sine function, and that would be the sin inverse of the sin 𝜃. We’ll need to take the inverse sin
of sin 𝐴. So, we’ll do that to both sides of
our equation. The sin inverse of sin 𝐴 is just
equal to 𝐴, and the sin inverse of 0.8193 can be found with a calculator. Make sure that your calculator is
set to degrees, since we’re interested in this angle measure in degrees.

When we do that, we get 55.0147
continuing degrees. We’ll round this to the nearest
tenth, and we’ll see that the measure of angle 𝐴 is 55.0 degrees. We’ve been given that 𝐴 is an
acute angle, and so we’re only interested in the smallest value that 𝐴 can be,
which here is 55 degrees.

Before we go on, we should know the
different notations for inverse trig functions. We’ve already seen sine with the
superscript of negative one, and we read that the inverse sine. But this is also sometimes written
as the arcsine, and these two notations mean exactly the same thing. The arcsine returns the angle whose
sine is a given number. Similarly, the inverse cosine can
be written as arccosine and the inverse tangent as arctan. Let’s look at another example where
we need to use an inverse trig function to solve an equation.

Find the value of 𝑋 given that the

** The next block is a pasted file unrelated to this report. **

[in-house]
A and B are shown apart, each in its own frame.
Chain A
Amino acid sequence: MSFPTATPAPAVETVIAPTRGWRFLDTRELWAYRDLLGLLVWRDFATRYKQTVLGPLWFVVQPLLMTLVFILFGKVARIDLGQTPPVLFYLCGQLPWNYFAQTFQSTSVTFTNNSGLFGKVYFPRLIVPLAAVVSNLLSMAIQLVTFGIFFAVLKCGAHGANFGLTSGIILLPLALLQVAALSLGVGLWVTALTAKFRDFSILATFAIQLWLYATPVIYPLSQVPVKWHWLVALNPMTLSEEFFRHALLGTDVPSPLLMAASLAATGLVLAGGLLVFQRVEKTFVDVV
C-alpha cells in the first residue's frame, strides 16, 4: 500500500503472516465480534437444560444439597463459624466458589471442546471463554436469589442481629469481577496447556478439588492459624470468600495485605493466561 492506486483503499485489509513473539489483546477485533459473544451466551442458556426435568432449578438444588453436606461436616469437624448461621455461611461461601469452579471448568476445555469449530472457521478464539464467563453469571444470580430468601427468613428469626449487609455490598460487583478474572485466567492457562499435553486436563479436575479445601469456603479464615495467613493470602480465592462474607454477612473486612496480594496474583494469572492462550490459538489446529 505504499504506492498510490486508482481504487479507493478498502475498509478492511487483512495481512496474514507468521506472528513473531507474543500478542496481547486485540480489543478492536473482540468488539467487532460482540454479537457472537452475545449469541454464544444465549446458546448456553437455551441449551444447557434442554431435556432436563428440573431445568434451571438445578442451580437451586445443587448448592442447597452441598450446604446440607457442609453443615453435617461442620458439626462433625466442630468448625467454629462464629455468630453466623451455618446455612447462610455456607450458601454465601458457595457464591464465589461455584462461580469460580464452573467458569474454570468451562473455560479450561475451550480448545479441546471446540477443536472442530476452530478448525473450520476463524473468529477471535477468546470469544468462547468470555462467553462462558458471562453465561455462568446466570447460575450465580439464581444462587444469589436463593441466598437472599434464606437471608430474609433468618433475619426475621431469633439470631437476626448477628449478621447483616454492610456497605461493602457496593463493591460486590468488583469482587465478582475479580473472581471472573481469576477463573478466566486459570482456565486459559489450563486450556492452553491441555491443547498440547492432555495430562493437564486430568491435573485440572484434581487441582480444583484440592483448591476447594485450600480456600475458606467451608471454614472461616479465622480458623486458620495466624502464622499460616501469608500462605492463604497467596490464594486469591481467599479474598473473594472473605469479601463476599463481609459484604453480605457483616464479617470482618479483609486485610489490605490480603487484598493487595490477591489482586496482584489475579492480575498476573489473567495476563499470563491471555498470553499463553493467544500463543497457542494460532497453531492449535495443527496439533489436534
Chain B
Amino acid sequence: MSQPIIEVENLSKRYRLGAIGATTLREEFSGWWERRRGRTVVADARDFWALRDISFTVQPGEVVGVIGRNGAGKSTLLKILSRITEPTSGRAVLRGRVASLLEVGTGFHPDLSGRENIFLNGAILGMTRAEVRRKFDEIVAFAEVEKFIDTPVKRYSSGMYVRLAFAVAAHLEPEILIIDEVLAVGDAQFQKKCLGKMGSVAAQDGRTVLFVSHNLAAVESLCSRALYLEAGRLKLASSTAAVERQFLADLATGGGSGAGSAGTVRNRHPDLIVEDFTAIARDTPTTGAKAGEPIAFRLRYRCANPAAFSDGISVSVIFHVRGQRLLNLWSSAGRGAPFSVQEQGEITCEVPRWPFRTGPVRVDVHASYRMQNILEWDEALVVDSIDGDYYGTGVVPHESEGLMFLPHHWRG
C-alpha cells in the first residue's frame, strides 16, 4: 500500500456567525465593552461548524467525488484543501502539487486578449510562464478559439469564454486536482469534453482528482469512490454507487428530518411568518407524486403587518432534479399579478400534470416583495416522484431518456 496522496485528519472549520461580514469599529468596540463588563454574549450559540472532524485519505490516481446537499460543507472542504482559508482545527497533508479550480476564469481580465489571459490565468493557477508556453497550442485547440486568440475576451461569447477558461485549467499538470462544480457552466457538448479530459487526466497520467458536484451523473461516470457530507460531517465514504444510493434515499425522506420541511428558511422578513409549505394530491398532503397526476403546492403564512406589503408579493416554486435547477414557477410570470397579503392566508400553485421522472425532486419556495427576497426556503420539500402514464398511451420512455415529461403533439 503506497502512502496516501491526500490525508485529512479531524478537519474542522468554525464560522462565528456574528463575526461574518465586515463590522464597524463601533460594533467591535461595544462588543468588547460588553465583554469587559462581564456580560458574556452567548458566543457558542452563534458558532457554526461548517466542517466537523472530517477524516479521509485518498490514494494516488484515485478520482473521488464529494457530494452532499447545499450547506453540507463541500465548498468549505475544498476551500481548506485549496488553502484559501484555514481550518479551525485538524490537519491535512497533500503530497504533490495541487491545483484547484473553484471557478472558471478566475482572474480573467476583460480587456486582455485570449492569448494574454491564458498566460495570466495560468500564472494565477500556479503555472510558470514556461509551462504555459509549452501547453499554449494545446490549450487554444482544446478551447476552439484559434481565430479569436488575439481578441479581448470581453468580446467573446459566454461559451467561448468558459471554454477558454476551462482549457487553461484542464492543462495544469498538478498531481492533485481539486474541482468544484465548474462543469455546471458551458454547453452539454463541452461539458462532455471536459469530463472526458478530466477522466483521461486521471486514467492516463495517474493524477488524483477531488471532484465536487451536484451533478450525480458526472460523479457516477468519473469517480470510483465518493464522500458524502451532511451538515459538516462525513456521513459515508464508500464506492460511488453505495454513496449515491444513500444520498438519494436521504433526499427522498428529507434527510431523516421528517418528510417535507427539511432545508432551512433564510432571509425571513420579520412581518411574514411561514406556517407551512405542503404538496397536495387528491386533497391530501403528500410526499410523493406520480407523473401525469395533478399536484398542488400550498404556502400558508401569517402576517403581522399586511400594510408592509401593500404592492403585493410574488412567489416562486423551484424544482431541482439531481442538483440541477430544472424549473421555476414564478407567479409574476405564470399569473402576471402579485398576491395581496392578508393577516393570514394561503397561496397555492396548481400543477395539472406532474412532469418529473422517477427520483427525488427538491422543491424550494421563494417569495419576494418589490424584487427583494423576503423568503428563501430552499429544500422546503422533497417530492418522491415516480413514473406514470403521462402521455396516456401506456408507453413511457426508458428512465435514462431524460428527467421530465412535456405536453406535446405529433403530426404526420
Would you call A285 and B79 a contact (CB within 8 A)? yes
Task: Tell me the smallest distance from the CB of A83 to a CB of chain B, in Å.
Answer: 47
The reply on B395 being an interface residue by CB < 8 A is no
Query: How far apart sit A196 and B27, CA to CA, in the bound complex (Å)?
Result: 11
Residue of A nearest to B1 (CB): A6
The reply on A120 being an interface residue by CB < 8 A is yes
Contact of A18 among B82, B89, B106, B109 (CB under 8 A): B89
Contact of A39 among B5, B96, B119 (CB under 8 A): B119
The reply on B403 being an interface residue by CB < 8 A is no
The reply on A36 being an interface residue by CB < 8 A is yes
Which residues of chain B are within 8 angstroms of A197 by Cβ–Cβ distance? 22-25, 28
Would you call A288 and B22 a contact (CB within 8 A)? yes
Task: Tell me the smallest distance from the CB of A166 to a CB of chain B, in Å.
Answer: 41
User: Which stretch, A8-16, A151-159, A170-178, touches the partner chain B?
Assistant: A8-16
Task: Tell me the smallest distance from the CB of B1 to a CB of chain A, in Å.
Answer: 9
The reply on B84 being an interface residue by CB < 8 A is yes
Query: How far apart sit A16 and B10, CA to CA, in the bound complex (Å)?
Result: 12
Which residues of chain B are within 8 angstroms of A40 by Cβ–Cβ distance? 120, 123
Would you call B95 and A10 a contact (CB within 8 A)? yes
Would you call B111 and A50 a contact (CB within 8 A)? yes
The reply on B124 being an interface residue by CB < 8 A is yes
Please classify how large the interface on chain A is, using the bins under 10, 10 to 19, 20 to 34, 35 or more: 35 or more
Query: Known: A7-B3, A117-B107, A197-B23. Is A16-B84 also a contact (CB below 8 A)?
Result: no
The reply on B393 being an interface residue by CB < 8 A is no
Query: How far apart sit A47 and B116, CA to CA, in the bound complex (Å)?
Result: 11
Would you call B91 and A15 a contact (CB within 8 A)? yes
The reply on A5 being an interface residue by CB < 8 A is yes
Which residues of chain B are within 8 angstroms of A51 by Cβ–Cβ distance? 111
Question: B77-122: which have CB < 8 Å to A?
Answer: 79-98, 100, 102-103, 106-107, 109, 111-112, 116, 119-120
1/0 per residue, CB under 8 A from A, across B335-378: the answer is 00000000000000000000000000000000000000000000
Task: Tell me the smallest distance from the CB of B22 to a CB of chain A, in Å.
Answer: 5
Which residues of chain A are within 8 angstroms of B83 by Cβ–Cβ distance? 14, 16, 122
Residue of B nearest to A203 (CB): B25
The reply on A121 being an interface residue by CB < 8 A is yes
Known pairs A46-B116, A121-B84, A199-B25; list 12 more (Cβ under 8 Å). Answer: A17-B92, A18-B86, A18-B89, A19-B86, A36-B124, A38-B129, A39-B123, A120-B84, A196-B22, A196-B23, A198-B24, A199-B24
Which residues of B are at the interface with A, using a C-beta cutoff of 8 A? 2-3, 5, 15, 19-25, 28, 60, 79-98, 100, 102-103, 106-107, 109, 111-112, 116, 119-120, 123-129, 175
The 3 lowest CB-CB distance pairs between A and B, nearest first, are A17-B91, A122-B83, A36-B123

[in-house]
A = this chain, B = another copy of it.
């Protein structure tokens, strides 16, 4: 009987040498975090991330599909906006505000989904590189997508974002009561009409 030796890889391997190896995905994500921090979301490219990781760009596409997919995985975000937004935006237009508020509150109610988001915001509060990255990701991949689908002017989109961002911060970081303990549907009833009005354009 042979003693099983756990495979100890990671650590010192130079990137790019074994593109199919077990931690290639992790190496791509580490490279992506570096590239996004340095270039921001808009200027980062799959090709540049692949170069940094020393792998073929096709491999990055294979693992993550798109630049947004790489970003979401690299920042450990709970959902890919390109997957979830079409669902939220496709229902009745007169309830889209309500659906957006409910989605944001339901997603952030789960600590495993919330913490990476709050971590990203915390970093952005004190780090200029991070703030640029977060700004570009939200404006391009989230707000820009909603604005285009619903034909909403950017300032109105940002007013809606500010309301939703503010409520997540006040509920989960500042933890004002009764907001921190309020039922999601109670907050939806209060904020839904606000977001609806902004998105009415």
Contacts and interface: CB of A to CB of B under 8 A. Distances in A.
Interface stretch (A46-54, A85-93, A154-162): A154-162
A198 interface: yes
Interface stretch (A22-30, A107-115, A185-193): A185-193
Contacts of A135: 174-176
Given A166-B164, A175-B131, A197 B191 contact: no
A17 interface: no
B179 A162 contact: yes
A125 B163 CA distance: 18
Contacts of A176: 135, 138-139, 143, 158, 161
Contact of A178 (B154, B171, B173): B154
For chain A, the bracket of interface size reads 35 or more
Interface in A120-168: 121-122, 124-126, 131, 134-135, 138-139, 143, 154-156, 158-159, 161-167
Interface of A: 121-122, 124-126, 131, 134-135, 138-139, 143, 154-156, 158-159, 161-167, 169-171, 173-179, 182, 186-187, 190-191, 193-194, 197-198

tan of 𝑋 over four is equal to the square root of three, where 𝑋 over four is an
acute angle.

We know that we’ll only be dealing
with angles in the first quadrant. We also know that the tangent of 𝜃
is equal to the opposite over the adjacent. And that means for some angle 𝜃,
the tangent of 𝜃 is equal to this ratio. And for us, that angle is 𝑋 over
four, and the ratio is the square root of three. When we see this tan of some angle
equals the square root of three, we might recognize that this is a special
angle. We know that the tan of 60 degrees
equals the square root of three. And if we know that the tan of 60
degrees equals the square root of three, then we can set 𝑋 over four equal to 60
degrees. Then, we multiply both sides of the
equation by four and find that 𝑋 must be equal to 240 degrees.

You might all of a sudden be
wondering, “Wait! I thought that this was an acute
angle.” But we have to be careful here
because 𝑋 over four is an acute angle; that doesn’t mean 𝑋 by itself has to be
less than 90 degrees. 𝑋 over four is 60 degrees, which
is an acute angle, and 𝑋 is 240 degrees.

But now you might be wondering,
what if you didn’t remember that tan of 60 degrees equals the square root of
three? In this case, you could use the
inverse trig function. If you take the inverse tan of tan
of 𝑋 over four, you just get 𝑋 over four. And if you take the inverse tan of
the square root of three and plug that into a calculator, it will give you 60
degrees. Now you want to make sure that your
calculator is operating in degrees and not in radians when you enter the tan inverse
of the square root of three. Both methods show that 𝑋 must be
equal to 240 degrees in order for 𝑋 over four to equal 60 degrees.

Now, we’re ready to consider
another example.

Find the measure of angle 𝑋 in
degrees given that two times cos of 𝑋 equals the tan of 60 degrees, where 𝑋 is an
acute angle.

Since 𝑋 is an acute angle, we’re
only interested in solutions in quadrant one. So, we can look at two times cos of
𝑋 is equal to tan of 60 degrees. And the first thing that we can do